April 20, 2018
Macmillan learns its lesson, publicly announces an initial print run of 850,000 for James Comey’s A Higher Loyalty
by Simon Reichley
If you want to sell books, you have to print books. You just gotta do it! You gotta print books to sell books! That’s business.
From this it follows that, if you want to sell a fuckload of books, you need to print a fuckload of books. That’s logic.
But logic is hard, and so is publishing, which in part explains how Henry Holt (an imprint of Macmillan) managed to seriously flub the rollout of their fastest selling book of all time, Fire and Fury by Michael Wolff. After leading with a print run of 150,000 (a pretty big number to those of us not working at Macmillan’s scale), the publisher was forced to immediately order a second run of almost a million copies. The intense demand for the book, combined with its pretty much universal unavailability, led to hundreds, possibly thousands, of copies being pirated.
This debacle is suddenly relevant again this week, as Macmillan flaunts some truly boing pre-order numbers for James Comey’s A Higher Loyalty, and an appropriately ambitious first print run. Last Friday, in anticipation of Comey’s interview with George Stephanopolous, CNN’s Brian Stelter reported that Macmillan was printing 850,000 copies, and the Huffington Post’s Yashar Ali reported that the book had already pre-sold close to 200,000 copies before it was even released, citing an unnamed source “familiar with the sales numbers.” Don Weisberg, president of Macmillan, told CNN, “This is the largest first printing we’ve done so far this year.” The piece pointedly contrasts this with the puny print run of Fire and Fury, which Macmillan claims has now sold more than two million copies in print and electronic editions.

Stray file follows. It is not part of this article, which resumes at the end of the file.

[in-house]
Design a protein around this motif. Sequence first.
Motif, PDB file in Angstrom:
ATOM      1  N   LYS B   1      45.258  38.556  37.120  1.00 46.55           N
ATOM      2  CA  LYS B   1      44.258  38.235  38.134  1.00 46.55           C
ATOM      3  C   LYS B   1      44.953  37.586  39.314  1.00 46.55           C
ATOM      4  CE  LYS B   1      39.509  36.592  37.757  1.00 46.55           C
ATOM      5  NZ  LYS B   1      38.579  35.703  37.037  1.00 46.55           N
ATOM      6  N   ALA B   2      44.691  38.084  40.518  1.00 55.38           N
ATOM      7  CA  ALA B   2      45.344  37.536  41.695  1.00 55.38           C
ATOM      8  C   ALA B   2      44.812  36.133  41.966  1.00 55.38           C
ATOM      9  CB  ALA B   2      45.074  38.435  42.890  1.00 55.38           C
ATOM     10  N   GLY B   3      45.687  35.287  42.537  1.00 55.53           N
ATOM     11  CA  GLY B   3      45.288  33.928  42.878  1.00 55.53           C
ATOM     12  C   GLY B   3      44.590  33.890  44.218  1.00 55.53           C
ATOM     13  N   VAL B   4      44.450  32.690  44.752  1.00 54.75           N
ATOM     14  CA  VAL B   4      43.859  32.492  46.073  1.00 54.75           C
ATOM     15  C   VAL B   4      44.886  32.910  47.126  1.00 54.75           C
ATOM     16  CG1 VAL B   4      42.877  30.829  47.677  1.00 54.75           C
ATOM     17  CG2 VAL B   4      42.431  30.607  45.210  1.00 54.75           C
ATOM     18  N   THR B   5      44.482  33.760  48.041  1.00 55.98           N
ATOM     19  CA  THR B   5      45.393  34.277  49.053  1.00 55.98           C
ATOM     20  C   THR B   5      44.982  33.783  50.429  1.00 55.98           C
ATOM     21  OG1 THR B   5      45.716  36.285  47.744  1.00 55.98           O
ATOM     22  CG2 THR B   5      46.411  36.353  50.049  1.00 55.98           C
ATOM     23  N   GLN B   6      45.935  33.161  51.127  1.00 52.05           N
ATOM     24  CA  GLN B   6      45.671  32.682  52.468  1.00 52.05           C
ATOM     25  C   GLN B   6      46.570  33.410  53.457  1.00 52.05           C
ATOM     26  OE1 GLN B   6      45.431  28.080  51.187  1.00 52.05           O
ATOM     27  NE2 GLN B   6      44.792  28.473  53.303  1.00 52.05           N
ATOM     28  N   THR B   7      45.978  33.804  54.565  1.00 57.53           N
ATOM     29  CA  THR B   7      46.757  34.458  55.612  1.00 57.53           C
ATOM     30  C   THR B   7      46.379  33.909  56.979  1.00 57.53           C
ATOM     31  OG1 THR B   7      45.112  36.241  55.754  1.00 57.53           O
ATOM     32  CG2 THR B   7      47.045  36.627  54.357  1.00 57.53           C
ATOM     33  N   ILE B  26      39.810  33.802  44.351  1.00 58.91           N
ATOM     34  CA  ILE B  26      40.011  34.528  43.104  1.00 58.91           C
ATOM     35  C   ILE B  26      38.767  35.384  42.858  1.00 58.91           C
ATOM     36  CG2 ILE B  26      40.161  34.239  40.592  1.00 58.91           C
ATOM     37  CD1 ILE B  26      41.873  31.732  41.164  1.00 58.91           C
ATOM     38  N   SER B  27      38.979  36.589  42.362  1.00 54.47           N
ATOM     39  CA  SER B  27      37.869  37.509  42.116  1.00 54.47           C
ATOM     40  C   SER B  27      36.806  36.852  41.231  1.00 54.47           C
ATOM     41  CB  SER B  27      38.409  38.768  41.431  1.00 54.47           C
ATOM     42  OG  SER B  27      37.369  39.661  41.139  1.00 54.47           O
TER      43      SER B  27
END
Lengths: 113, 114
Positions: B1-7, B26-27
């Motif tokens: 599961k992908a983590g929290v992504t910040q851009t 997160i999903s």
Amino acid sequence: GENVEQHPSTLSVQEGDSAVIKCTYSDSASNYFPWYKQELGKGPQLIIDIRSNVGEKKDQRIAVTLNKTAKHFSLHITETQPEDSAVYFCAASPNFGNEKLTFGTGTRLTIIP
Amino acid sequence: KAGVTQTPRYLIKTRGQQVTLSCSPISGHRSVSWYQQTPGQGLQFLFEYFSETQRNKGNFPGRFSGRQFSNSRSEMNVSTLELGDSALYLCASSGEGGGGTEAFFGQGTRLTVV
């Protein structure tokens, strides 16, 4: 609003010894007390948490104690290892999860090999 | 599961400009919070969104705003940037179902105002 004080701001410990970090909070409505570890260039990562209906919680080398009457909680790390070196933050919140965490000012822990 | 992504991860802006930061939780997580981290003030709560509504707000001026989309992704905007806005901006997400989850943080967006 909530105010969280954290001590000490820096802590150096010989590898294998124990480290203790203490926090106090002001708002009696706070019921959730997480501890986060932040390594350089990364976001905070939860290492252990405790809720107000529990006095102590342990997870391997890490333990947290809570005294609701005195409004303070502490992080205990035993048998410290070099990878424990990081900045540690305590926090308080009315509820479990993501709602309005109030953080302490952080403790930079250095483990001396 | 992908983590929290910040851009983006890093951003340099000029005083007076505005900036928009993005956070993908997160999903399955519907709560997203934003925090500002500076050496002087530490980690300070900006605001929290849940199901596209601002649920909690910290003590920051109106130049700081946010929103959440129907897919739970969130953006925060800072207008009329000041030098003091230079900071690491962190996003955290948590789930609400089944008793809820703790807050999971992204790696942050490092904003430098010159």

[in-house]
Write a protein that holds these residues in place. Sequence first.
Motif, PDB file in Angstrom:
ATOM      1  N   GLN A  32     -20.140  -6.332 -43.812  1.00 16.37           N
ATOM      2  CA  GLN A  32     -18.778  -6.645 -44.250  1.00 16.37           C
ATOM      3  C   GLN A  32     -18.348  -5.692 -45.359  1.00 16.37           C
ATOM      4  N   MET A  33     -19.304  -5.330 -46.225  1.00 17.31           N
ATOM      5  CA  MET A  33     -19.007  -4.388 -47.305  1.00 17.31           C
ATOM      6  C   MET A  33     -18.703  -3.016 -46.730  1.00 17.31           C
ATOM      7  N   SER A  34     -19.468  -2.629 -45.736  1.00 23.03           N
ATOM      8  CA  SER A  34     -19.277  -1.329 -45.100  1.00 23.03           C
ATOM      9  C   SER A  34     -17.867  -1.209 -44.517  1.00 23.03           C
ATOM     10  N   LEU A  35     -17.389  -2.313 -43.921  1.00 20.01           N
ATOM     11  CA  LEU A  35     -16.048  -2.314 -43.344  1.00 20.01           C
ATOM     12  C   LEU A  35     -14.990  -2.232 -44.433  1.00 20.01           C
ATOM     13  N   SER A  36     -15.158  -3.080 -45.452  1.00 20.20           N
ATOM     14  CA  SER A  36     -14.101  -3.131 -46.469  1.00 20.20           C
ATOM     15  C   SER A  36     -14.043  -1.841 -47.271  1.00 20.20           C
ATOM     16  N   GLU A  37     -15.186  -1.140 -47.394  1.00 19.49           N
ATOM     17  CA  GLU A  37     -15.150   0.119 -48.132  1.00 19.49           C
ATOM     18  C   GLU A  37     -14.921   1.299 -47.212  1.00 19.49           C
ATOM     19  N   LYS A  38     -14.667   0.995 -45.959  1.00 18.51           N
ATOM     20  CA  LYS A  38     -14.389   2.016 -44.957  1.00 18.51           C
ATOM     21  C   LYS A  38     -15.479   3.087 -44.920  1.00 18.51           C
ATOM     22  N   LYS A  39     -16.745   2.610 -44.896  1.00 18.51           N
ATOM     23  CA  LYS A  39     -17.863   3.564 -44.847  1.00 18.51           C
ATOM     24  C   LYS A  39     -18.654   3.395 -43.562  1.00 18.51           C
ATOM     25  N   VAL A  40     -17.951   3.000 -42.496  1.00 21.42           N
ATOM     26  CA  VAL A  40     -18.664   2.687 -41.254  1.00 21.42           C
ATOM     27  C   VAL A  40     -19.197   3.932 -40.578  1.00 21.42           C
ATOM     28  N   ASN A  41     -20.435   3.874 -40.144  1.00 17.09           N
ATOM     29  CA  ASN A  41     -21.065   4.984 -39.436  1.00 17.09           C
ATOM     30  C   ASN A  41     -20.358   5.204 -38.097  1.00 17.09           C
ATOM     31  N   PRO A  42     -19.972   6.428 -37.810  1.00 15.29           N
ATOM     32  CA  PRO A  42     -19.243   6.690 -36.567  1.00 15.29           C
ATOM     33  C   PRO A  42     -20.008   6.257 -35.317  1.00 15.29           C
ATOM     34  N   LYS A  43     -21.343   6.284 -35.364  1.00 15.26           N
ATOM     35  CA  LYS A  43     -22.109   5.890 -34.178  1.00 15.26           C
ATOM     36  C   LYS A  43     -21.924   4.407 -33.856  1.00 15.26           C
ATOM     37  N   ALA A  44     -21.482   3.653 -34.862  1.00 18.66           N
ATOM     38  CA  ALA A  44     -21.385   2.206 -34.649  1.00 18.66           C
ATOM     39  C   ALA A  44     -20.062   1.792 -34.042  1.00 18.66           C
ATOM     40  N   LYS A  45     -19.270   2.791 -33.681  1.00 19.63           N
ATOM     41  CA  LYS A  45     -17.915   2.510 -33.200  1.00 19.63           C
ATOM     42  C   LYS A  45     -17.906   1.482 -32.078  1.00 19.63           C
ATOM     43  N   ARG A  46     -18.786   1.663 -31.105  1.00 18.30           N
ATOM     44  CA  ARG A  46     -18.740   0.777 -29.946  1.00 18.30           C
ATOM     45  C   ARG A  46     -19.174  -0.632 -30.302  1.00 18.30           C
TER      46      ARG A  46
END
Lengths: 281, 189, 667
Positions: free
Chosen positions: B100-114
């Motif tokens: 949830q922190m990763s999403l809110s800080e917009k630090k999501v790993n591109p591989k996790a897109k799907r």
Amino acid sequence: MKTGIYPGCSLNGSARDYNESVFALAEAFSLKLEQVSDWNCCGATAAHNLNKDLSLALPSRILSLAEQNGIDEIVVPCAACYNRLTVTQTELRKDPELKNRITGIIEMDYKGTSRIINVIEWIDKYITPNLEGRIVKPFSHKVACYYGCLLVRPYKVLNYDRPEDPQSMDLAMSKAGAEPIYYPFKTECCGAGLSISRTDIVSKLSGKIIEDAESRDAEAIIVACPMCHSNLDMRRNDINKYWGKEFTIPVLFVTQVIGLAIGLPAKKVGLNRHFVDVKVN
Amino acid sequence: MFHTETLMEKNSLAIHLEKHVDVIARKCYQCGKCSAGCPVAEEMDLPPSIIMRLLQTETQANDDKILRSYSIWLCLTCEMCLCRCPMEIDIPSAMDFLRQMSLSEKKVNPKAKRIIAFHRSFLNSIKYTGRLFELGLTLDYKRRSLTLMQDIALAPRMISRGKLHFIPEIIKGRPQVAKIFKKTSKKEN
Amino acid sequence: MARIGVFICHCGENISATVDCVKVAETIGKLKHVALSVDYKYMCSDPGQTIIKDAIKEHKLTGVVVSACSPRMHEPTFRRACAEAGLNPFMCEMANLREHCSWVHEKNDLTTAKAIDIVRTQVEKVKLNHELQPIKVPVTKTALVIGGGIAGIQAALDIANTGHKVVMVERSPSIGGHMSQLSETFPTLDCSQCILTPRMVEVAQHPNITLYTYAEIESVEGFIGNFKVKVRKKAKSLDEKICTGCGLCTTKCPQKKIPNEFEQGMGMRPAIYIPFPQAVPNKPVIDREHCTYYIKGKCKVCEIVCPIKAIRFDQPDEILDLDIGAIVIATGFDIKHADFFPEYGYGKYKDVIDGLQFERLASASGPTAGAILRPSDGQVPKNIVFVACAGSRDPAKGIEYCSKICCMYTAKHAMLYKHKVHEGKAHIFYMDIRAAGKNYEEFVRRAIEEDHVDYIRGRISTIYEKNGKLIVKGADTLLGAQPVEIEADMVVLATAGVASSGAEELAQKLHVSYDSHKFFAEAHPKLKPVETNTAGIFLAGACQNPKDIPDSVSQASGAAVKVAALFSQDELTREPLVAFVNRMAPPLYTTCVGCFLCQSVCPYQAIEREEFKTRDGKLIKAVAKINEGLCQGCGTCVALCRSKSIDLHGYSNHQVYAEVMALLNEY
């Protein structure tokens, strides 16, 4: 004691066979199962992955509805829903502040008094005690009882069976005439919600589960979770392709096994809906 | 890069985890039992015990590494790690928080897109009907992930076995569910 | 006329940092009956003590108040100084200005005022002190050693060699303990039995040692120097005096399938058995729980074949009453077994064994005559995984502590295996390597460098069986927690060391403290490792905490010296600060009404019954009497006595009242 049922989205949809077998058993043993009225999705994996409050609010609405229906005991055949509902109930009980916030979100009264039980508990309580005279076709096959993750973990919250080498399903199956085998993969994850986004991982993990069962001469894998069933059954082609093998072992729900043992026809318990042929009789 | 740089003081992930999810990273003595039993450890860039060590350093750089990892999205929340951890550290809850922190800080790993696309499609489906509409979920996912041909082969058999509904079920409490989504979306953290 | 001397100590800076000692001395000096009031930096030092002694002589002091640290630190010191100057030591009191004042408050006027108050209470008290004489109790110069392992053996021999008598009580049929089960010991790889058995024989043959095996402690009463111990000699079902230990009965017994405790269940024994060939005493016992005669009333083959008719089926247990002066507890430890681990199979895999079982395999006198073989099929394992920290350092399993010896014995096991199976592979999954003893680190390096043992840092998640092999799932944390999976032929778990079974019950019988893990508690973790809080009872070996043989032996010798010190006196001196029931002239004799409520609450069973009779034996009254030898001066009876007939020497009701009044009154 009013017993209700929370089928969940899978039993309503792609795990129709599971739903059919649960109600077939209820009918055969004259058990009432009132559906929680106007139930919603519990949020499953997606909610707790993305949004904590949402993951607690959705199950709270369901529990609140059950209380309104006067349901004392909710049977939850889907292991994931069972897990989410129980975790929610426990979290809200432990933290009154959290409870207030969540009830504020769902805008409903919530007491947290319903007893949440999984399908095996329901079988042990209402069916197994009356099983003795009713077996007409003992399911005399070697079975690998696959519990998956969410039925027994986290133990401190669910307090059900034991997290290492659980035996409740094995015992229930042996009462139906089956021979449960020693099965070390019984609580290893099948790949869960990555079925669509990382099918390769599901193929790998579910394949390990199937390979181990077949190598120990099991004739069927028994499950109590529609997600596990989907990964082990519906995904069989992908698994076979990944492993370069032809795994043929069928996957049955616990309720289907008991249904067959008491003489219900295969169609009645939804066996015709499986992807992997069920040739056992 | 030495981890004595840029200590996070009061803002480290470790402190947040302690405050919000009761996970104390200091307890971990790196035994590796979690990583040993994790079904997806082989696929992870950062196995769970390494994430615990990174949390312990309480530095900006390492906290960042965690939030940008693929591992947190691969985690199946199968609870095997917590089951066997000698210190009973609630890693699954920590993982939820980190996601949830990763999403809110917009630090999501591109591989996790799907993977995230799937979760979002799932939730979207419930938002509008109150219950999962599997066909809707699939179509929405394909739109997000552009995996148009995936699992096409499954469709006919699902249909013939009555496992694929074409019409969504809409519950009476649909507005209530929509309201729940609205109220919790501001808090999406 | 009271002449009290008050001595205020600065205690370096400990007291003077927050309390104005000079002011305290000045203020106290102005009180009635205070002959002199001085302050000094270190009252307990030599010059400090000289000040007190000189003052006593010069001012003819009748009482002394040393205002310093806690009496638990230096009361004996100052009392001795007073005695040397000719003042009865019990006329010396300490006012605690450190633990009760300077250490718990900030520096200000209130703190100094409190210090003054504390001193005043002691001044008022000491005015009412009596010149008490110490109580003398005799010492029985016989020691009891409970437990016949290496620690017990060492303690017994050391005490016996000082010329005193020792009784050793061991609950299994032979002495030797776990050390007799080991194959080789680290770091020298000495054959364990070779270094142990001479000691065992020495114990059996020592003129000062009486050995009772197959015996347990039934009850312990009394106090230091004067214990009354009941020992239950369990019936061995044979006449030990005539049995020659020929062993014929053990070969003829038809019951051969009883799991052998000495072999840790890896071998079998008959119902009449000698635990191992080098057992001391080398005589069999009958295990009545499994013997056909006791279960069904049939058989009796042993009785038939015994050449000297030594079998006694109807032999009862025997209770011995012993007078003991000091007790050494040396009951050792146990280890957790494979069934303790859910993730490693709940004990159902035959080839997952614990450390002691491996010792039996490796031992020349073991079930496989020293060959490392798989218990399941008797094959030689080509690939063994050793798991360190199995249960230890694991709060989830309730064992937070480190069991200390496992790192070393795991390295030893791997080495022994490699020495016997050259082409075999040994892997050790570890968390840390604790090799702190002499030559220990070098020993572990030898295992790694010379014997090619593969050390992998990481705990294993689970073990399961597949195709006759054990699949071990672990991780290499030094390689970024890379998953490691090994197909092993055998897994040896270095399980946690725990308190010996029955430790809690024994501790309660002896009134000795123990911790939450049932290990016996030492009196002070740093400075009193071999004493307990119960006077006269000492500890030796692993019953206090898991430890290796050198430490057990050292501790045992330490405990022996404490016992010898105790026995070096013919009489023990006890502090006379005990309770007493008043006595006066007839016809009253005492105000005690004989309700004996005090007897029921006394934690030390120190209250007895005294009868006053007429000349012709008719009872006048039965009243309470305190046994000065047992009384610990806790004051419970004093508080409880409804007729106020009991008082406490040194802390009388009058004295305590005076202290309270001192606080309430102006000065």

It’s tough to parse what exactly these numbers mean. Fire and Fury basically came out of nowhere, put its publishers on their heels, and has managed (allegedly) to sell more than a million copies in an intensely competitive market for Trump-lit. By comparison, the world’s been talking about Comey’s book from nearly the moment he was fired, and many have long assumed it’d be a lock for a number-one bestseller.
What’s interesting in both instances is how Macmillan has spun otherwise boring supply-and-demand calculations into buzz-building publicity. For Wolff’s book, the story became “This book that we thought was going to be great (150,000 is still a boat load of books), is actually amazing! Wow, so popular! We can’t keep up!” For Comey’s, they’ve framed an aggressive initial print run as somehow emblematic of the book’s cultural impact. Which it may well be. It may also be that Macmillan has overcorrected based on evidence from Fire and Fury. It may also also be that all of these numbers are lies, as initial print runs are routinely exaggerated, indicating a publisher’s ambition for a book, rather than the number of books in the warehouse.
What’s clear, though, is that Comey’s book is officially a Big Deal, and that it’ll be interesting to see how the sales numbers shake out.
Simon Reichley is the rights and operations manager at Melville House.